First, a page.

Although vehicle sales have remained robust in the recent past, it is expected that the new environmental tax, coupled with lower spending by consumers, will result in less than anticipated tax revenue. This, says Simonis Storm Securities, will eventually result in the new tax being passed on to consumers.
On July 11 the Ministry of Finance’s previously announced carbon emission tax came into effect. The new tax is only applicable to certain vehicles, most notably passenger vehicles, sport utility vehicles (SUVs) and double cab vehicles with gross vehicle mass (GVM) not exceeding 5 tonnes. Motorcycles, trucks and buses will not be subject to the duties. The tax is N$40 per gram of carbon dioxide/km emission exceeding 140g.
Global professional services firm Ernst & Young Namibia (E&Y) in its tax bulletin in April said amendments to the Customs and Excise Act 20 of 1998 were gazetted on May 30 to introduce the long-awaited environmental taxes from this date. The environmental taxes introduced include the imposition of an environmental duty on certain disposable goods and carbon dioxide emissions of specified vehicles.
It said the object of the environmental duties are to contribute to a green economy and sustainable development objectives; serve as an incentive for behavioural change towards the use of environmental friendly alternatives; and contribute to the Ministry of Finances revenue-raising objectives. The environmental duties will be administered as a domestic excise tax and will be collected when the specified goods are imported or when the goods are manufactured in Namibia.
E&Y also provided a breakdown of how levies will be introduced under specific environmental duties on carbon dioxide emission. The levies will also be imposed on lamps and tyres. The rate of environmental duty per lamp (amongst others, for electric filament lamps or tungsten halogen lamps of 15 watts (W) or more but not exceeding 1 000W and for a voltage (V) exceeding 100 V, but not exceeding 260V, excluding those for use solely or principally with motor vehicles) will be N$3 per lamp.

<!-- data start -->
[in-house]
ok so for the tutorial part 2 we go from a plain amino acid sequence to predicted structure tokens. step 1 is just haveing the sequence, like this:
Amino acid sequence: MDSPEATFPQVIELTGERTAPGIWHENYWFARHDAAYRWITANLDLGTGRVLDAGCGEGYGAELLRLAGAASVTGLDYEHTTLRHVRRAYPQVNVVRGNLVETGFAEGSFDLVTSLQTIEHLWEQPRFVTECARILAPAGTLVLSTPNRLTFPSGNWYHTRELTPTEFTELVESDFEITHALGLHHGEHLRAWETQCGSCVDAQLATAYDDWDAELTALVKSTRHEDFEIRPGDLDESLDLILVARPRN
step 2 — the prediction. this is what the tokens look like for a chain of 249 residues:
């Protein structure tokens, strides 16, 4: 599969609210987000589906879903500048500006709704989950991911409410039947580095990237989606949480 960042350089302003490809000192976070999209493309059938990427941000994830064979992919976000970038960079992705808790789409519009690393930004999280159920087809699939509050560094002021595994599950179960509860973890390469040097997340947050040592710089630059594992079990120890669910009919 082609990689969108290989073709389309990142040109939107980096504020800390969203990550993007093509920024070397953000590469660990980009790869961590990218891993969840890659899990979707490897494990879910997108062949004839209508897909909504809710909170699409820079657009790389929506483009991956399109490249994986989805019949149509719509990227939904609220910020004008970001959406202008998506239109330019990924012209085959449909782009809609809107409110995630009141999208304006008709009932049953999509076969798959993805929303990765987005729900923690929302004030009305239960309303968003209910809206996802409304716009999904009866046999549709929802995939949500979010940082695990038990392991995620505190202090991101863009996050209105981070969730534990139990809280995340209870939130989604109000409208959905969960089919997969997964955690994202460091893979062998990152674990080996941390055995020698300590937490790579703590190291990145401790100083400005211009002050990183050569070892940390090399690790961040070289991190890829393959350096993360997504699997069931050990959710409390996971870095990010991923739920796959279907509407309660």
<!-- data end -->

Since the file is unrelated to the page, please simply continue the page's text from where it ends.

Levies on all new pneumatic tyres will be N$10 per tyre. The rate for motor cars and vehicles principally designed for the transfer of persons (excluding vehicles for the transport of 10 or more persons including the driver, as well as hearses, emergency vehicles and diplomatic vehicles) is estimated at N$40 per gram/kilometre for CO2 emissions exceeding 120 grams/km.
IMPACT ON CAR SALES
Meanwhile, as the effects of the new carbon tax legislation are only beginning to be felt, total vehicle sales increased slightly by 3.5 percent month-on-month (m-o-m) to 1 589 in June 2016. This is the highest in seven months when 1 721 units were recorded in November 2015.
It is interesting to note that the Toyota and Volkswagen brand accounts for over half of total vehicle sales, of which the Toyota Hilux accounts for 22.1 percent. The National Association of Automobile Manufacturers of South Africa (NAAMSA) released Namibia’s new vehicle sales statistics for the month of June 2016 late last week. On an annual basis, total vehicle sales contracted by 13.8 percent year-on-year (y-o-y), compared to a -4.2 percent registered in the prior year.
Local stock brokerage, SSS, ascribes the monthly upsurge in vehicle sales to an increase in number of units sold of light commercial vehicles (6.7 percent m-o-m), medium commercial vehicles (36.8 percent m-o-m), heavy commercial vehicles (14.3 percent m-o-m) and extra heavy vehicles (66.7 percent). In contrast, passenger vehicles continue to decline by -3.9 percent m-o-m.
SSS expects light commercial vehicles, which account for 54.8 percent of total new vehicle sales, to continue being the main driver in the number of new vehicles sales.
“With the exception of passenger vehicle sales, all categories attributed positively towards the monthly growth in total vehicle sales. Light commercial vehicles increase by 6.7 percent m-o-m to 870 units, albeit at a slower pace compared to a 10.1 percent recorded in the prior month. Medium commercial vehicles and extra heavy vehicles grew by 36.8 percent m-o-m to 26 units and 66.7 percent m-o-m to 40 units, respectively, during June 2016.
In its latest report, SSS pointed out that the suggested aggregate value of new vehicle sales stood at N$6.3 billion during June 2016 compared to N$5.7 billion recorded in the prior month. This is the highest value recorded since a N$6.3 billion was recorded in September 2015.
“The 10.5 percent m-o-m growth in the value of new vehicle sales can be attributed to an increase in the medium commercial and extra heavy commercial vehicles, which account
for 85.7 percent or N$5.4 billion of the total value in June 2016. Furthermore, we believe that the 2.0 percent increase in the cost of vehicles sold during June 2016 has partially contributed to the increase in the value of new vehicle sales,” read the SSS report.
– Additional reporting by Nampa